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Tuesday, October 19, 2010

Armin Hary

Armin Hary (born 22 March 1937) is a German athlete. In 1960 he became the first non-American since 1928 to win the Olympic 100 metres.

Born in Quierschied, Saarland, after playing football in his youth, Hary switched to sprinting at age 16. Only a few years later, in 1958, he won his first international title when he came first in the 100 m and the 4 x 100 m at the European Championships. He was also one of the first track stars to be affected by the rivalry between Adidas and Puma; each of the two then-fledgling companies wanted the "world's fastest man" to wear its shoes. Rumors of cash payments were floated, but no evidence was ever found to support the claim. Today, money to "support" athletes and Olympic teams are commonplace. This was not the case in Hary's time.

Also in 1958, Hary appeared to have run a new world record with a time of 10.0 seconds, but the track's slope of 11 centimetres (4.33 in) was found to exceed the maximally allowed 10 centimetres (3.94 in). In 1960, another try at the world record seemed to have failed again, after judges believed Hary's start of another 10.0 race had been false—Hary was well-known for his fast starts. In a re-run that same evening, Hary finally set the world record, which stood for just 24 days, but this performance stood as a European record for eight years less one day.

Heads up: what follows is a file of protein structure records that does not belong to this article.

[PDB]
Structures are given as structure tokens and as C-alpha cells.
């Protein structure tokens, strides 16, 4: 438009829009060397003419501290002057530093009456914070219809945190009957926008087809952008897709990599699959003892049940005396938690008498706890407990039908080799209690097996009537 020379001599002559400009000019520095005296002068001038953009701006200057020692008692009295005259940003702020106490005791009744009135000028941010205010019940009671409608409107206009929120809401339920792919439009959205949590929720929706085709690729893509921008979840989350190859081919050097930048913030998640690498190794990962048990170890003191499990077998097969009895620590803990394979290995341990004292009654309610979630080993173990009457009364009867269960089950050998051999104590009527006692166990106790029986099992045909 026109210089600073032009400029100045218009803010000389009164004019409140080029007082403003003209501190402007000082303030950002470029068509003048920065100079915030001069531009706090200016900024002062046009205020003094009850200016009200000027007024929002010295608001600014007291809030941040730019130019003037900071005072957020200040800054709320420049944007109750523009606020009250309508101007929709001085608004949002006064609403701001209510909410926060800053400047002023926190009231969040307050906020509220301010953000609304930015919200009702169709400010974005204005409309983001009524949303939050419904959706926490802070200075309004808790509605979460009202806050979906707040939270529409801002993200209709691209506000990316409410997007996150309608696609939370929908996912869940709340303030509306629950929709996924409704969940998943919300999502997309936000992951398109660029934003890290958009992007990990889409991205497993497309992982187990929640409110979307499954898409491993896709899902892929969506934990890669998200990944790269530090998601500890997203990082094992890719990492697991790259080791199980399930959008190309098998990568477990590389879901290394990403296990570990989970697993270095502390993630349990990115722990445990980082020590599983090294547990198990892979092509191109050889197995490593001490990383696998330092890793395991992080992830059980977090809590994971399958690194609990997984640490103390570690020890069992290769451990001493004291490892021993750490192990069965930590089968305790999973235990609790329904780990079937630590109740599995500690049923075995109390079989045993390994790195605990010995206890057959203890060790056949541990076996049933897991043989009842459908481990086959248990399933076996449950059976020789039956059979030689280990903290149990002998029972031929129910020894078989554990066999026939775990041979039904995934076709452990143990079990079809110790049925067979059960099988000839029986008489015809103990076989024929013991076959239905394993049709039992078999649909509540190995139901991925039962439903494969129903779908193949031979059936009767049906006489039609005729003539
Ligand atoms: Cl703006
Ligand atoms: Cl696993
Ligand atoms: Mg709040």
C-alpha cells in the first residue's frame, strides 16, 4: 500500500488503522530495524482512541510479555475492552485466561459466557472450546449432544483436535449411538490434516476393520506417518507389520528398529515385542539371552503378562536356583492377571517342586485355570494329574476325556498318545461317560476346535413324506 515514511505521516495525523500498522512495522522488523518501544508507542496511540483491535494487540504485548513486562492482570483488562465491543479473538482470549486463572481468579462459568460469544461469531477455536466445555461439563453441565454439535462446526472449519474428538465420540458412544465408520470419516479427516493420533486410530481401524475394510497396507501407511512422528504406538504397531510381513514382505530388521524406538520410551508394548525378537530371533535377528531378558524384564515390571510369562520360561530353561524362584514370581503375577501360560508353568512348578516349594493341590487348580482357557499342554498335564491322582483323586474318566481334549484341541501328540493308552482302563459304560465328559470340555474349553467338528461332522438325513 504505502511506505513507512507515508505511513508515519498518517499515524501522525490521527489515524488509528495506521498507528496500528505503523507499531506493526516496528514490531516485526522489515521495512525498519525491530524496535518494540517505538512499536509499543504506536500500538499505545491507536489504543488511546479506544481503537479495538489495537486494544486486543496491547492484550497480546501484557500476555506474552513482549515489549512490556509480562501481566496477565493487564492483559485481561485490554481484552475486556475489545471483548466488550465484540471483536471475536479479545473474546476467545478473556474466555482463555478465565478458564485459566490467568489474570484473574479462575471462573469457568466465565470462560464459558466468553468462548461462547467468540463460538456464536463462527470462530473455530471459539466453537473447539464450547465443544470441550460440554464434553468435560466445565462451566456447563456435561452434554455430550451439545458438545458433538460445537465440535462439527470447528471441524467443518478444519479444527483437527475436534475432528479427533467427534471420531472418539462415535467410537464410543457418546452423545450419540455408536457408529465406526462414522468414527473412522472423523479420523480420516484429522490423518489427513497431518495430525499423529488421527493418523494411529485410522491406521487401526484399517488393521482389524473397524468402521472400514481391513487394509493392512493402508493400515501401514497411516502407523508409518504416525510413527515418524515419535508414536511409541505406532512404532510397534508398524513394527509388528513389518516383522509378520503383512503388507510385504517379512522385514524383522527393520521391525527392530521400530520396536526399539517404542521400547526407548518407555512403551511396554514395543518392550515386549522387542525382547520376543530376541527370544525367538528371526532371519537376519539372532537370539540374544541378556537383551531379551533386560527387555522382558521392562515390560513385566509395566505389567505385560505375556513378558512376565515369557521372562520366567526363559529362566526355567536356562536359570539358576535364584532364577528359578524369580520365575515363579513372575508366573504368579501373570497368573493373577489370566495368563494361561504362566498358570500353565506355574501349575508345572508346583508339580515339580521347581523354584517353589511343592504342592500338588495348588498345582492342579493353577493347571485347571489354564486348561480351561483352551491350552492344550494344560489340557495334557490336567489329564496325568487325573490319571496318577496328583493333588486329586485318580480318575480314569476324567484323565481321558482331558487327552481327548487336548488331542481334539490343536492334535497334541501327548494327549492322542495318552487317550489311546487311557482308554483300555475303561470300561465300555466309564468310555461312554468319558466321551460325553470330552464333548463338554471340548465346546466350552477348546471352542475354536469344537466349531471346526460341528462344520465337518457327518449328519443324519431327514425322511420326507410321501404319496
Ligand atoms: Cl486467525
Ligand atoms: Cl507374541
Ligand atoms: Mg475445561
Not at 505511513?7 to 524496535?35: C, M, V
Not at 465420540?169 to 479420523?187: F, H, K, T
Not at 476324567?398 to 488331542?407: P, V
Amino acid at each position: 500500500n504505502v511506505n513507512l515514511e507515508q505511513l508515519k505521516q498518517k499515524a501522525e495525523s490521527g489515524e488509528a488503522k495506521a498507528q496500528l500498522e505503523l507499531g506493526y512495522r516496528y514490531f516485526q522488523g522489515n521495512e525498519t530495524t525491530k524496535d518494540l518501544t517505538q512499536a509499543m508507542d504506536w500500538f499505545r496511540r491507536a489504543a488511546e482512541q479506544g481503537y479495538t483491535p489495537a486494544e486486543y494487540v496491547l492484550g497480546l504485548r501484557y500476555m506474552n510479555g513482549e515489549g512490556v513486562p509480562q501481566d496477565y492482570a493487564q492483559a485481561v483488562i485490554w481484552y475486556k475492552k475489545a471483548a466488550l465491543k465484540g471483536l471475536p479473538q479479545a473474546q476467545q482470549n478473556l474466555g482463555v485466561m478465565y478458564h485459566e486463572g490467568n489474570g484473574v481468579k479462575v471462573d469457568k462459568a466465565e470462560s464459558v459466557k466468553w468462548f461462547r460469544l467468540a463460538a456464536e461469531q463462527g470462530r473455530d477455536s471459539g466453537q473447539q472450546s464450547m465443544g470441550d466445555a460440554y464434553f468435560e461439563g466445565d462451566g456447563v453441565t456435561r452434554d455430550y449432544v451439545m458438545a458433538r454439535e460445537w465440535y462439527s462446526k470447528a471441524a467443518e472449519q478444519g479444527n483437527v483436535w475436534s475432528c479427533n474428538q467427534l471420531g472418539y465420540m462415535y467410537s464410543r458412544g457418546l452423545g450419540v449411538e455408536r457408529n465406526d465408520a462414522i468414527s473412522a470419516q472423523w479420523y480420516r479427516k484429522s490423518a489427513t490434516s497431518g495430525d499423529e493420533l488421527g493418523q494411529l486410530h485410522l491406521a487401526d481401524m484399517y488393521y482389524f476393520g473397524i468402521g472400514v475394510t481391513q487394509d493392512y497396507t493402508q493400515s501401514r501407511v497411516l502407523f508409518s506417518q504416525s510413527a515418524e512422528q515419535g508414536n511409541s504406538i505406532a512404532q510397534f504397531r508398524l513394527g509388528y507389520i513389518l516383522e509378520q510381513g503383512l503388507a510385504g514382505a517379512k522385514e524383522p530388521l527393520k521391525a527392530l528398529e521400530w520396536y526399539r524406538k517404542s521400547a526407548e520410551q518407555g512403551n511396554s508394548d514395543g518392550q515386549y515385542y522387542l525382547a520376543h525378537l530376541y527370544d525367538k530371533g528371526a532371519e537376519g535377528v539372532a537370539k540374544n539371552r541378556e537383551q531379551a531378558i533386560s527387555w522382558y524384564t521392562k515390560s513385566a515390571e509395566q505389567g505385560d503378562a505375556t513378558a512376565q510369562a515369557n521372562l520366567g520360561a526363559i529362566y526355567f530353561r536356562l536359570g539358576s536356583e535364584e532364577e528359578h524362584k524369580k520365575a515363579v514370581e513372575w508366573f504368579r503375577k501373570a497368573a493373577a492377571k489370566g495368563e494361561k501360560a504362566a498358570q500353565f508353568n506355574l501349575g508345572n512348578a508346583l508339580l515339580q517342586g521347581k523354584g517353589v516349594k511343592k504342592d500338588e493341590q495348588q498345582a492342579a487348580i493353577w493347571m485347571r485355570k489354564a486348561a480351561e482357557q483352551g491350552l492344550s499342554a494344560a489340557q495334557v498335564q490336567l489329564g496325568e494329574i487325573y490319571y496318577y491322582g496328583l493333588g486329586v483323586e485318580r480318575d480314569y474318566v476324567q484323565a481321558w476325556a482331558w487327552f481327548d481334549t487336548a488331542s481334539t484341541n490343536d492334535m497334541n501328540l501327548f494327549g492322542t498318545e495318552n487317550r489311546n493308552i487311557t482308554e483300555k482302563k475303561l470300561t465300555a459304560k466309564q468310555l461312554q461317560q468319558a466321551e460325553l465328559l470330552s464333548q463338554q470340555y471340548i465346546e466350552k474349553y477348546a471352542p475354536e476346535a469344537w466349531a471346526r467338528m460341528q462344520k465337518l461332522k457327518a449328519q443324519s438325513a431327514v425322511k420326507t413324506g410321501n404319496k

That same year, at the Olympics, he achieved his greatest moment of fame. After a nerve-racking number of near-starts, Hary sprinted to the gold in 10.2 seconds to become the first non-American winner of the event since Canadian Percy Williams.

In the final of the 4 x 100 m, Hary and his teammates appeared to have finished second behind the team for the United States, but 15 minutes after the final it was announced that the USA had been disqualified for a faulty exchange. Germany's time, 39.5 seconds, equaled their own world record.

After the Olympics, Armin Hary was suspended by the German federation. He had demanded a payment to compete in a track meet (this in the days when the lines between professional and amateur were blurring) and when the promoter refused to pay, Hary refused to run. The German athletic federation suspended him, and Hary retired from the sport. In 1980, he was found guilty of a 3.2 million German-mark swindle; he was sentenced to probation for 18 month until 1983.

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